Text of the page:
Thursday, April 01, 2010

Aloofness

A very long time ago, as it now seems, Murray Gell-Mann named the quark after a curious line (one of many) in James Joyce's Finnegan's Wake. Over the years, six quarks were discovered — the prosaic 'up' and 'down' quarks, the odd 'strange' and 'charm' quarks, and the elegant (and very large) 'truth' and 'beauty' quarks. They formed part of the 'Standard Model' of particle physics.

The properties of quarks became more and more interesting the more research was carried out. Quarks had colour — red, green and blue; they also had anticolours — antired, antigreen, antiblue (or cyan, magenta and yellow). If you added coloured quarks together so that their nominal colour was 'white', you'd get a meson, baryon or antibaryon.

Philosophically, some scientists were wondering if the Aristotelian model of knowledge would hold — would we find 'truth', 'beauty' AND 'goodness'? By the time the Standard Model was established, it seemed that there was no place for 'goodness' in the world. Besides, if you had seven quarks, it would seem oddly asymmetric, not to mention probably result in 'Snow White and the Seven Dwarfs' jokes of dubious quality and content.

The 'truth' quark alone was a beast, almost the size of a gold atom. With its partner 'beauty', some people already had visions of the Disney versions of old folk tales. Surely one had to be enough? The problem with the Standard Model, or Eightfold Path, was that it was too neat. Too tidy.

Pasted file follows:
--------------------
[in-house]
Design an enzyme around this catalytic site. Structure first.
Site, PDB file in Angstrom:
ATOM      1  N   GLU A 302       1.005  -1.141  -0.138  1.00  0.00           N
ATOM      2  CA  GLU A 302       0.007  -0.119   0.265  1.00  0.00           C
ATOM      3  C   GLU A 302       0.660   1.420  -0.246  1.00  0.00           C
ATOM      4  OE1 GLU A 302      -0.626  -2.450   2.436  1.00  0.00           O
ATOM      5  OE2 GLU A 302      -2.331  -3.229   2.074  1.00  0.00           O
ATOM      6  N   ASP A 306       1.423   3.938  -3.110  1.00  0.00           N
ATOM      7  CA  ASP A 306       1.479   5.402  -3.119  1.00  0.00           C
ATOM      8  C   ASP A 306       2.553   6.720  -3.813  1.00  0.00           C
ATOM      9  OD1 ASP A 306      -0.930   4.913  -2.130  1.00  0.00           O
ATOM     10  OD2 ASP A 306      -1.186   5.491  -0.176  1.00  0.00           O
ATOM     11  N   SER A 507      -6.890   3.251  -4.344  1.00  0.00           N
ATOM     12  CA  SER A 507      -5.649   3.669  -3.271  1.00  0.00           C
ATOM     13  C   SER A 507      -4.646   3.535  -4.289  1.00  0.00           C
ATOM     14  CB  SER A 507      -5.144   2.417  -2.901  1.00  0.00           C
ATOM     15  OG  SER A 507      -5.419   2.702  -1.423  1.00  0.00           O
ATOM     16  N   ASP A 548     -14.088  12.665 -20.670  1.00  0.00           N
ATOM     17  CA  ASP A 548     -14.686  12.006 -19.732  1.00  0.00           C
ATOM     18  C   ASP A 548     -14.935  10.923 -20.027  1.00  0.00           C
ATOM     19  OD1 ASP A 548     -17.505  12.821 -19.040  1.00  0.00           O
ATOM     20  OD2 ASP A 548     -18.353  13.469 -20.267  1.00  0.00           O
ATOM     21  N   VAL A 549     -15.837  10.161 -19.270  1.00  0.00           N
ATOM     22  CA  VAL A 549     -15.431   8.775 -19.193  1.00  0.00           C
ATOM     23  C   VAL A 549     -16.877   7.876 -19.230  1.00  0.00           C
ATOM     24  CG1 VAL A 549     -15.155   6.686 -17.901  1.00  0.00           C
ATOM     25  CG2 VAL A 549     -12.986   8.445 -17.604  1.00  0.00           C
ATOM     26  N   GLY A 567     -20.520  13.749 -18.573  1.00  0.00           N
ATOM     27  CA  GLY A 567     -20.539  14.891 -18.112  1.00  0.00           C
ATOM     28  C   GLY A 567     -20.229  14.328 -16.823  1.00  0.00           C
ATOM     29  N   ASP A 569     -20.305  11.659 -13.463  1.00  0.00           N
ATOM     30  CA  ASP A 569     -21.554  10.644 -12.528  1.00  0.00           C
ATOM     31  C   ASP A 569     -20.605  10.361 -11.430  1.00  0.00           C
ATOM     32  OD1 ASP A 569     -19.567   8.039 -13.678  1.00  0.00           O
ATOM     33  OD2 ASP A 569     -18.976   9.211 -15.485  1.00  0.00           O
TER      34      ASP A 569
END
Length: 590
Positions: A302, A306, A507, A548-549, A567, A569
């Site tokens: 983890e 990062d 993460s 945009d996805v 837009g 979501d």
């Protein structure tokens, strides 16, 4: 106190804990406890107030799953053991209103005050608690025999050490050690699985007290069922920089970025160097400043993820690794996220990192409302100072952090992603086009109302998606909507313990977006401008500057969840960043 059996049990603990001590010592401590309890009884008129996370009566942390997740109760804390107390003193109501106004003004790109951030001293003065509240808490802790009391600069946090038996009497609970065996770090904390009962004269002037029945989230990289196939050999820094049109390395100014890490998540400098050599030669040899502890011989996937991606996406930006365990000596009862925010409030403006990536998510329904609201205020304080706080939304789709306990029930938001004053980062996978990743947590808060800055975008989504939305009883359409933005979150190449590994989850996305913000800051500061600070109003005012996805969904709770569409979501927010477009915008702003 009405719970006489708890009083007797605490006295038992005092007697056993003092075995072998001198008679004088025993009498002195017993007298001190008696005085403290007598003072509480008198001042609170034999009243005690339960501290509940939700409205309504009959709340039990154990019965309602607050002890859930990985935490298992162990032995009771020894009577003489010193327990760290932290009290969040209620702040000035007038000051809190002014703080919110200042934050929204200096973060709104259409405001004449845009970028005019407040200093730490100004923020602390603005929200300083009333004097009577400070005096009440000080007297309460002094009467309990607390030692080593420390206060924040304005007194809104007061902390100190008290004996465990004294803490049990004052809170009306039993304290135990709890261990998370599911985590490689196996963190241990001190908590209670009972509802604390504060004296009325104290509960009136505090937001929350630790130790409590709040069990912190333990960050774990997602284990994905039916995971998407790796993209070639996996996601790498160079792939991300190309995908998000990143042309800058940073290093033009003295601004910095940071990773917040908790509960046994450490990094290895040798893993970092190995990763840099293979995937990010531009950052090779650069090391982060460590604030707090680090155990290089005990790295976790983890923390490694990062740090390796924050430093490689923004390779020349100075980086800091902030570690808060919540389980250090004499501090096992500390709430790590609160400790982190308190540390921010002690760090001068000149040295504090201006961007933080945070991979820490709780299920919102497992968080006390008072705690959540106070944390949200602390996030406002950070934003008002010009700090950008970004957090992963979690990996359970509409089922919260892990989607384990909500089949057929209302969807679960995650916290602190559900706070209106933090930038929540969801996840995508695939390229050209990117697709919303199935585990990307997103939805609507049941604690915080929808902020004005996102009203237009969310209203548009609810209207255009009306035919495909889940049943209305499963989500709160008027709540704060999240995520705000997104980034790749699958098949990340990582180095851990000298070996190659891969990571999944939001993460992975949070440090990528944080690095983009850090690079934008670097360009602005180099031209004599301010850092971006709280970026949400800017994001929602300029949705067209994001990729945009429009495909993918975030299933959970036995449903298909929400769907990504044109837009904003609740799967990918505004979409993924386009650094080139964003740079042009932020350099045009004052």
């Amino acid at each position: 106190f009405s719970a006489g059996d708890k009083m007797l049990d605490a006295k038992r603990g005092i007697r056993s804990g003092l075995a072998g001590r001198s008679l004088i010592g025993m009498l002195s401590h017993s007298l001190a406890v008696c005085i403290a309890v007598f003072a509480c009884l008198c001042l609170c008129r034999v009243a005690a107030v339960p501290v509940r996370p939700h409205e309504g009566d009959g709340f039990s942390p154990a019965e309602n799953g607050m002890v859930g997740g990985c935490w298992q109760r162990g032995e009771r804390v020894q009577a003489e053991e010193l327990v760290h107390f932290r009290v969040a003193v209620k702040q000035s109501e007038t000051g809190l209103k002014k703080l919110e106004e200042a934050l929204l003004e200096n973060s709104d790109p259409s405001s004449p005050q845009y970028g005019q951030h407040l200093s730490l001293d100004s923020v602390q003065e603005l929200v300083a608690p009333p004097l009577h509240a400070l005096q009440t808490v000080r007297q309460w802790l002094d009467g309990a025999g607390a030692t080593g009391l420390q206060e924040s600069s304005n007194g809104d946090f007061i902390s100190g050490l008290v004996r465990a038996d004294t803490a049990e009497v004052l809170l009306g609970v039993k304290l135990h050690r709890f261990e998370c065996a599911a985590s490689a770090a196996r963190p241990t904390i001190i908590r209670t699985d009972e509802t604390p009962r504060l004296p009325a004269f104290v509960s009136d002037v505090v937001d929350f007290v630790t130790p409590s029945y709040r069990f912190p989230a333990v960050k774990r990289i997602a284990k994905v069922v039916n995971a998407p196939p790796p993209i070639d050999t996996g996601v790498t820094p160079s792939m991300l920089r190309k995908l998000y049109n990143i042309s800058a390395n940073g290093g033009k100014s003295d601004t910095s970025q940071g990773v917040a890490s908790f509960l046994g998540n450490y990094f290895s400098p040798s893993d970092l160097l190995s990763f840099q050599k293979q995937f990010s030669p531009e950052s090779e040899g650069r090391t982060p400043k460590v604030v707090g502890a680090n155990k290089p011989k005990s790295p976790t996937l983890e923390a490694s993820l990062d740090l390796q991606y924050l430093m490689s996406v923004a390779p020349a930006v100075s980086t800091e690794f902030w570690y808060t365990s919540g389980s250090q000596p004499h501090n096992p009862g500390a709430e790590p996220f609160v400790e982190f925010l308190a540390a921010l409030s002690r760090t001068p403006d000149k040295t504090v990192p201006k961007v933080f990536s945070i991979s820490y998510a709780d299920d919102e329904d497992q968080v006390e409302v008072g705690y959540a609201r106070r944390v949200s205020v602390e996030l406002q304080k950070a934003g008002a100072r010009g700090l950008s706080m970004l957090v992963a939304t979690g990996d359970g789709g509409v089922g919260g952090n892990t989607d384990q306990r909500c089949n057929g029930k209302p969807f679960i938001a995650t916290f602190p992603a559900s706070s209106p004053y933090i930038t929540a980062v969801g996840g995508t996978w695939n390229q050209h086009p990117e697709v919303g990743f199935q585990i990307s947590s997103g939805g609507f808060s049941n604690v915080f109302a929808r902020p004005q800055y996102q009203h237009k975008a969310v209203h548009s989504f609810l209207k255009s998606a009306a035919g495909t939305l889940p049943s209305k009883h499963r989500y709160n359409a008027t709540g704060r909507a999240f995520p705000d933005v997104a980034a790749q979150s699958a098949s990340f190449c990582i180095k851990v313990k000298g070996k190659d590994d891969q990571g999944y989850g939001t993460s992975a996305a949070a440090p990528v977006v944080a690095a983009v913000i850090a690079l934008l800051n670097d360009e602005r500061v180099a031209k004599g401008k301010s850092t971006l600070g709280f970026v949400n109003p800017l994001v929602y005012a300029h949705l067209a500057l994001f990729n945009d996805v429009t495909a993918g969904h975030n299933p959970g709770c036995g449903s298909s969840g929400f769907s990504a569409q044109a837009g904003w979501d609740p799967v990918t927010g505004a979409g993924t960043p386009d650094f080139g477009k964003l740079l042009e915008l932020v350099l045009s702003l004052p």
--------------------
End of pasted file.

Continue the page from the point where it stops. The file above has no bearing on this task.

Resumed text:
The antithesis to the Aristotelian view was of course the Zurvanite perspective, explicitly considered as a Sassanid response to Roman Christianity with its Aristotelian reasoning. If you had three quarks named 'truth', 'beauty' and 'goodness', then your Zurvanite antitrinity of quarks would be 'unimpeachability', 'passionlessness' and 'aloofness'.

Thank God that today's many interesting Large Hadron Collider news items haven't mentioned these new particles at all. Quarks with seven-syllable names just don't fit into the natural scheme of things. 'Aloofness' might just about pass.

Labels: ,

0 Comments:

Post a Comment

Links to this post:

Create a Link

<< Home